For the record, here is the May 7th news release from the Ontario Association of Chiefs of Police, announcing Jeff McQuire’s appointment as the association’s executive director – Jeff McGuire Appointed Executive Director of the Ontario Association of Chiefs of Police –
For Immediate Release: May 7, 2018 (Toronto, ON) – The Ontario Association of Chiefs of Police (OACP) has appointed Jeff McGuire as Executive Director. He will commence his new duties on June 4, 2018.
“The OACP is pleased and excited to welcome Jeff McGuire as its new Executive Director as we continue to advance the strategic direction of our Association to meet the changing demands of policing a modernized society,” said Chief Bryan Larkin, OACP President. “Jeff brings significant leadership, vision, and policing experience to the position. His experience will allow the Board of Directors to continue their ongoing advocacy work while ensuring we build on the strong foundation set by retiring Executive Director, Ron Bain over the last eleven years.”
Jeff McGuire began his 40-year policing career in 1977 with the Toronto Police Service (TPS). He was appointed as the Niagara Regional Police Service’s (NRPS) eighth Chief of Police on June 18, 2012. After more than five years of service, McGuire retired from the NRPS in July 2017.
“I have the utmost respect and admiration for all of the women and men in this Province who wear the police uniform every day and devote their lives to making our communities safe for all. I am both honoured and humbled to have the opportunity in my new role as the Executive Director to advocate on behalf of the OACP membership to continue to uphold the Vision of the OACP” Building excellence in police leadership for safer communities.” said McGuire. “I want to thank the Board of Directors for demonstrating their confidence in me and I also want to thank the current Executive Director, Ron Bain, for both his mentorship to me and his long commitment to the OACP.”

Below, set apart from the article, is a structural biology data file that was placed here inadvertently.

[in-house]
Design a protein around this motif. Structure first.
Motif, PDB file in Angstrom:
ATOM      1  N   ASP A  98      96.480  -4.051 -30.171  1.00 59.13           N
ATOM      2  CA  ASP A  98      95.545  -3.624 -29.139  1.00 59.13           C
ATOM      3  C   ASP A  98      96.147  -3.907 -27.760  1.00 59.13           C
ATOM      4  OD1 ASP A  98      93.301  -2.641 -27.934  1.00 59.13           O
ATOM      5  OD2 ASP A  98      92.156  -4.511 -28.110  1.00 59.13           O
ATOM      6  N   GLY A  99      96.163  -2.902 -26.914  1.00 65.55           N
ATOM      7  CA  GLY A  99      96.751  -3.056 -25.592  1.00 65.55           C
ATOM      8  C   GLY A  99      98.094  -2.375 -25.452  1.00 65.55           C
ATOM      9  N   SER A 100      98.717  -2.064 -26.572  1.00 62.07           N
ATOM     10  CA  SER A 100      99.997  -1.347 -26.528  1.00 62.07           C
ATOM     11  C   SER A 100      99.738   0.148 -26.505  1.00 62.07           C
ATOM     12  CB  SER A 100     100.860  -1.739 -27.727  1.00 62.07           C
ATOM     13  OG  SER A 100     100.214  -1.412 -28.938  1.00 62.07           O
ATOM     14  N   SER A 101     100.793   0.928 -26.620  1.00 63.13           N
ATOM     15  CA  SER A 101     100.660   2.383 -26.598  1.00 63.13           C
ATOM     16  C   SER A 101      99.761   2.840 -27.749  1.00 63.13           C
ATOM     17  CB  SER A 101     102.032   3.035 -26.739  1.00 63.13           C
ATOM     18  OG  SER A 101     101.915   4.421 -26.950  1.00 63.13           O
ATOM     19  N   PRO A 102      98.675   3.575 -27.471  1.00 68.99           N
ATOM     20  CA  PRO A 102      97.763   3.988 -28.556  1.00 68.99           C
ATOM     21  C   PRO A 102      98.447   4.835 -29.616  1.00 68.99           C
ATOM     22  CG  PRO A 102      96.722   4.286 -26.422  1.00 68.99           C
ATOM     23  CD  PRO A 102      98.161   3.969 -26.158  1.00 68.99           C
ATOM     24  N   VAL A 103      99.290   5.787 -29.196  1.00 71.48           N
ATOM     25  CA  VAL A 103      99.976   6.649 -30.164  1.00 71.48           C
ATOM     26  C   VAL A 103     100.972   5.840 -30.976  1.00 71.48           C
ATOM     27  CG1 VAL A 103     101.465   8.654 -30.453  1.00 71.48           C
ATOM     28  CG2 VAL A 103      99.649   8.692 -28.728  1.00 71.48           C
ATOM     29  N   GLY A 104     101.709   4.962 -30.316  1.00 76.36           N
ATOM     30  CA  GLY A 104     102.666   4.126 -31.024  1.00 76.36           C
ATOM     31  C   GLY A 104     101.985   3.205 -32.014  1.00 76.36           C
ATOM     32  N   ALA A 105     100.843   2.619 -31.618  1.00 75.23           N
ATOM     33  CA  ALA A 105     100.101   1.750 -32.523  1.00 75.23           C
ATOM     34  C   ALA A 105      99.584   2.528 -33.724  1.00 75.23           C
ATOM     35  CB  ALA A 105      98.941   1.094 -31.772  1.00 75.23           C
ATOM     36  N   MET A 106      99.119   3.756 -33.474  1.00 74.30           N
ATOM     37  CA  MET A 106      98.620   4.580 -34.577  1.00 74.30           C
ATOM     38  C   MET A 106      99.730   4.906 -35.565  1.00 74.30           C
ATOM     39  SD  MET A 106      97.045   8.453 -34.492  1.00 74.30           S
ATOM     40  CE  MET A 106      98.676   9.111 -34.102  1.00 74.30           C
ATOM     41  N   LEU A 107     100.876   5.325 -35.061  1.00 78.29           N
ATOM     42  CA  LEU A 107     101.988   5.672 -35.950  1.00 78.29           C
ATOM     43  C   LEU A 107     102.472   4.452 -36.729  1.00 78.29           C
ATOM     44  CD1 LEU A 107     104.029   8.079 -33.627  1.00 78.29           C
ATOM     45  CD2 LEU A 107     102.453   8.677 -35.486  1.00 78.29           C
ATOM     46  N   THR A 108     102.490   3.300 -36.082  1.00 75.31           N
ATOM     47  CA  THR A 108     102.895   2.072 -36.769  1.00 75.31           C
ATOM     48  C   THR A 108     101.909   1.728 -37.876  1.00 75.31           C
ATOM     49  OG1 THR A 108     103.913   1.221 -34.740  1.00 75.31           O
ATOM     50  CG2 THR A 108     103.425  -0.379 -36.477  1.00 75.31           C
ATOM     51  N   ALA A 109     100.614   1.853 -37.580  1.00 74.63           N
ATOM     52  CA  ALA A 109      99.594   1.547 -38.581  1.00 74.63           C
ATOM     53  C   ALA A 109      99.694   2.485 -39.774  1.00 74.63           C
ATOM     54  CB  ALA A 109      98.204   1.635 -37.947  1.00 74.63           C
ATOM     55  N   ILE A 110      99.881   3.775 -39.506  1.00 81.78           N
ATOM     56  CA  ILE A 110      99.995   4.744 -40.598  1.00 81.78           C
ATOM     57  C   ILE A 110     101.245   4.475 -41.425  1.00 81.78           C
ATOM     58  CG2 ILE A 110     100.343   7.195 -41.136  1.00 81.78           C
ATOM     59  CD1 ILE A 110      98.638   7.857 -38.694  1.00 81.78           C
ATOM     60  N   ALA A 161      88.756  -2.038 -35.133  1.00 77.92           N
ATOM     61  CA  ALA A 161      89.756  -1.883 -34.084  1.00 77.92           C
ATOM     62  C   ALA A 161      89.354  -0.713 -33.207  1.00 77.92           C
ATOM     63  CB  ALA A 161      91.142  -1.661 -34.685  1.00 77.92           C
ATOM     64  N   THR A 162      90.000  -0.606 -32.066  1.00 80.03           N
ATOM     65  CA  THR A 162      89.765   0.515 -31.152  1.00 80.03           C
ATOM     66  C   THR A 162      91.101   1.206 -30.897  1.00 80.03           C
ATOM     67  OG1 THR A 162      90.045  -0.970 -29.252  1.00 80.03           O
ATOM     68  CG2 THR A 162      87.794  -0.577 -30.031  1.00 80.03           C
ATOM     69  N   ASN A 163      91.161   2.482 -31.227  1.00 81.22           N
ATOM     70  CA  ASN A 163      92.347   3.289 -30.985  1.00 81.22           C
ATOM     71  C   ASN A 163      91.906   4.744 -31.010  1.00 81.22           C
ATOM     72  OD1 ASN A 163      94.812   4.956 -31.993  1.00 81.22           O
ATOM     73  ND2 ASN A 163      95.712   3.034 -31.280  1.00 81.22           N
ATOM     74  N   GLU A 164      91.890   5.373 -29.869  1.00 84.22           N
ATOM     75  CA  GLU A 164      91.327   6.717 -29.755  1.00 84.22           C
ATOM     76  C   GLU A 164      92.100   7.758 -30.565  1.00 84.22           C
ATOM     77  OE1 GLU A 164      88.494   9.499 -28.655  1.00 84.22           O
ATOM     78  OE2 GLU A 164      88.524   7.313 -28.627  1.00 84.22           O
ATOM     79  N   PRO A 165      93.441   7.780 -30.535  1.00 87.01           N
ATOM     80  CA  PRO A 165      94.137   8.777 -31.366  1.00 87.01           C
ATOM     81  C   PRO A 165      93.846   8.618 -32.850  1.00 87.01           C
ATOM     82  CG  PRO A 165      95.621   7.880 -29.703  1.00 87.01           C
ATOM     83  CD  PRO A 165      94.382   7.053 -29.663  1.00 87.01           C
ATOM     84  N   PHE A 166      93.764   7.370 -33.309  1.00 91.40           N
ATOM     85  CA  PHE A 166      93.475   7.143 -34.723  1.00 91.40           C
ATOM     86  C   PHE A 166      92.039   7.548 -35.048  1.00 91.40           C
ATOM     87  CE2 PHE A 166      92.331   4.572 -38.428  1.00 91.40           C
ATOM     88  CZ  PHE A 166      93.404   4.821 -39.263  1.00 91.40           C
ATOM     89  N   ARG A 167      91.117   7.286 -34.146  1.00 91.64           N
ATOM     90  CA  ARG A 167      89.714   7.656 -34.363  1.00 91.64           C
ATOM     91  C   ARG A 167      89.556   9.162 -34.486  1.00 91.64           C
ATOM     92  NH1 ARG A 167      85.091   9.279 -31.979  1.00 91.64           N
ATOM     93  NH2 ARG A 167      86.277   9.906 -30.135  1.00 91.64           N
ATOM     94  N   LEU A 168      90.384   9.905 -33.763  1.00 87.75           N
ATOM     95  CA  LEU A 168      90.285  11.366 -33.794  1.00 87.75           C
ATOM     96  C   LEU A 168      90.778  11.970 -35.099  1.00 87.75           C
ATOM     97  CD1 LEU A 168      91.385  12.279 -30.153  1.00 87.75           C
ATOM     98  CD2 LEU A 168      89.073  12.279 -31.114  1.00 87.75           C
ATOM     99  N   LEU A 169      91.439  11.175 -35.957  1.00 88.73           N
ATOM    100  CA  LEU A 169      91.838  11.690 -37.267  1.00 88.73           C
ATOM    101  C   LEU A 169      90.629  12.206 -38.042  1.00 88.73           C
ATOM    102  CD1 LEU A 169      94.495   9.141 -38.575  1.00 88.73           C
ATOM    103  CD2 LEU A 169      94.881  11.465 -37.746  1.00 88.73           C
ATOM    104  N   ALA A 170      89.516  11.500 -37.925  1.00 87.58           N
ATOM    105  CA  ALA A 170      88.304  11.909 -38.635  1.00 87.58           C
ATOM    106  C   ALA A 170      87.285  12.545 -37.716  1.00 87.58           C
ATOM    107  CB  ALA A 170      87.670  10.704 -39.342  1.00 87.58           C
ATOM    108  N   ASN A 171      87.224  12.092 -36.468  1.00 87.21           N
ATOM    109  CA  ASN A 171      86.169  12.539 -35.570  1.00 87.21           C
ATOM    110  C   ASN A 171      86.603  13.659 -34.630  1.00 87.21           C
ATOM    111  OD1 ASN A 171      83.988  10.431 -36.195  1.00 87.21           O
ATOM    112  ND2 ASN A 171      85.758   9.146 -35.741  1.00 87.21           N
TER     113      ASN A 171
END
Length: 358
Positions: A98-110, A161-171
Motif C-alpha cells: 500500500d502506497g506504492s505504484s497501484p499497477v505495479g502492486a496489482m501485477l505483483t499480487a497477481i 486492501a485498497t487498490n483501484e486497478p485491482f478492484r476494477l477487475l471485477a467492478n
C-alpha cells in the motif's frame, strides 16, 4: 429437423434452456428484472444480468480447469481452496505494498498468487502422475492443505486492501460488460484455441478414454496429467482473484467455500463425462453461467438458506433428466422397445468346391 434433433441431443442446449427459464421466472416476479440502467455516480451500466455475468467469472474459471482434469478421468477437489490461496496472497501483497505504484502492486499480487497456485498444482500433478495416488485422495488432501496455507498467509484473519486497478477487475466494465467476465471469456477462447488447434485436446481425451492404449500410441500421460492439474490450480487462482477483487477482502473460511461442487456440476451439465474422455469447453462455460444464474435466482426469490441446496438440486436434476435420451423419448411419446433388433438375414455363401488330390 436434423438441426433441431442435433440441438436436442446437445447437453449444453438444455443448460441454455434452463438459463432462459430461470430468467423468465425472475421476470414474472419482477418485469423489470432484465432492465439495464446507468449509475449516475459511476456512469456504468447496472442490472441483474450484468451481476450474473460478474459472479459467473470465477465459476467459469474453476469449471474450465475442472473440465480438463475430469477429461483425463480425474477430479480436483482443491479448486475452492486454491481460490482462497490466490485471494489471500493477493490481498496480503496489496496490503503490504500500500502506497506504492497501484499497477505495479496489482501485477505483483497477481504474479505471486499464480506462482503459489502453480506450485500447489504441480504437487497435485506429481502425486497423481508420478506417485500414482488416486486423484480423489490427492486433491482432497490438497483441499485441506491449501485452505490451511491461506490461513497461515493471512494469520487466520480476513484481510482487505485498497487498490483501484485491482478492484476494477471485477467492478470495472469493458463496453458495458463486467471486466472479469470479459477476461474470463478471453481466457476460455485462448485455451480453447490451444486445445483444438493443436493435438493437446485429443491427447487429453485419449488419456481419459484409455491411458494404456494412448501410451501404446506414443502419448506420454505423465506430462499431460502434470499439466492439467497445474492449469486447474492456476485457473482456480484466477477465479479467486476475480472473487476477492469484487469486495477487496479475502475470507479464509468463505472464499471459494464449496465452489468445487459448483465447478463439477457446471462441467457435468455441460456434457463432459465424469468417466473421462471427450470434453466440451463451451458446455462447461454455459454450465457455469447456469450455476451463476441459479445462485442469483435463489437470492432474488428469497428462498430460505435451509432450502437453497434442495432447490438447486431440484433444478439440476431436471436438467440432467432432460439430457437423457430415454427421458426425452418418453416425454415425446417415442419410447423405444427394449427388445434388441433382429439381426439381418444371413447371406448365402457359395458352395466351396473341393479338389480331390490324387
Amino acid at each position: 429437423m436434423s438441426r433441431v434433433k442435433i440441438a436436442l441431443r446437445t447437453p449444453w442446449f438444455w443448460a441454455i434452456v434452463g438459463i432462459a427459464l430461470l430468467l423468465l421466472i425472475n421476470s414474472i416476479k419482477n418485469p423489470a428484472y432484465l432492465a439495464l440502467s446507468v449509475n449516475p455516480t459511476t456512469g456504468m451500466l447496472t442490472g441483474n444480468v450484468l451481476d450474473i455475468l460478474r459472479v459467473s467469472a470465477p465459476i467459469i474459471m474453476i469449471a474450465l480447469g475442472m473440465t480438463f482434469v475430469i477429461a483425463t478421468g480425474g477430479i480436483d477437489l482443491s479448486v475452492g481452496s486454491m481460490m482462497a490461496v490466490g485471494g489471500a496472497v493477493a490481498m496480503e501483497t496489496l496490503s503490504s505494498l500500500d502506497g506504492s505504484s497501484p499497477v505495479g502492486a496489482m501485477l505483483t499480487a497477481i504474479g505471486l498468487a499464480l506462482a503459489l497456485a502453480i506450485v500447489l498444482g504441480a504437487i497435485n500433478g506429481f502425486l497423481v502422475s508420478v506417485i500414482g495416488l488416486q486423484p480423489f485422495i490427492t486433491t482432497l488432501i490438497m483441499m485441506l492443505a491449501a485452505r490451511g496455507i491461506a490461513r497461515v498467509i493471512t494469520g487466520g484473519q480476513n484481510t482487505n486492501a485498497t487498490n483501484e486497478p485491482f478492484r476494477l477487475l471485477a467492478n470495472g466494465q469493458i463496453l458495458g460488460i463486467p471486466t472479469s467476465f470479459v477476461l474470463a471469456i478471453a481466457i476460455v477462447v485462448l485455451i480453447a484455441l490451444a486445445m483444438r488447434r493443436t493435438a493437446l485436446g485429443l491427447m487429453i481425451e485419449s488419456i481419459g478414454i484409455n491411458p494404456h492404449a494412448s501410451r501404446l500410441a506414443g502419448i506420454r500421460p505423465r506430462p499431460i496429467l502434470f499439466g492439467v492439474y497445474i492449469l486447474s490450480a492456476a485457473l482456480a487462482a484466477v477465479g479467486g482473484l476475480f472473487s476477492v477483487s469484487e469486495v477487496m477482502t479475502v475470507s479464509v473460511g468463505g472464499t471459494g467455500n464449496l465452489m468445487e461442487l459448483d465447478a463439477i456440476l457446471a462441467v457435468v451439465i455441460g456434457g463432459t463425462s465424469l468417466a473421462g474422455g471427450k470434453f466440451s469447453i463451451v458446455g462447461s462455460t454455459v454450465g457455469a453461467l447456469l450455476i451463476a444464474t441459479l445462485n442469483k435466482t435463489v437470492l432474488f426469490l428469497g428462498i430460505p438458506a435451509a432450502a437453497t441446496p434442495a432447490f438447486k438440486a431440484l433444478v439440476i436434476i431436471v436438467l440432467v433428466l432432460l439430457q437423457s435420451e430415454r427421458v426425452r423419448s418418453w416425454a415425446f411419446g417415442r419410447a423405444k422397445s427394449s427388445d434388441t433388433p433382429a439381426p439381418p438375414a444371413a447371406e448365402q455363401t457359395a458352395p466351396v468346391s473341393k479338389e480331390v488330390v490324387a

During his policing career with the TPS, McGuire was assigned to various positions and ranks and held a variety of senior management positions, including Staff Superintendent in-charge of Operational Services, Area Field Command, and Detective Services. When he left the TPS in 2012 to assume the role of Chief of the NRPS, he was the service’s Acting Deputy Chief, overseeing the operations of 19 specialized units with more than 2,300 employees and a $232 million budget.
McGuire is a Past President of the OACP and is a member of the Canadian Association of Chiefs of Police (CACP), the International Association of Chiefs of Police (IACP), the FBI National Academy Associates (FBINAA), and the Police Executive Research Forum (PERF). He served on committees of both the CACP and the OACP and was the Co-Chair of the TPS LGBT Community Consultative Committee for many years. McGuire has served as a member of the Board of Directors for Big Brothers and Big Sisters in both Toronto and St. Catharines/Thorold.
In 2011, McGuire was invested as a Member of the Order of Merit of the Police Forces (M.O.M.) by the Governor General of Canada and elevated in 2017 to Officer of the Order of Merit (O.O.M.) He was awarded the 20 year Police Exemplary Service Medal and 30 year Bar by the Governor General. In 2012, he was awarded the Queen Elizabeth II Diamond Jubilee Medal in recognition of his community service.
McGuire has a Bachelor of Arts Degree in Justice Studies from the University of Guelph and completed programs in Law Enforcement Administration at the University of Toronto, the Canadian Security Studies Program at the Canadian Forces College, the Senior Management Institute in Policing Program of the Police Executive Research Forum in Boston, the Police Leadership Executive Program at the University of Toronto’s Rotman School of Management. He is a graduate of the FBI National Academy.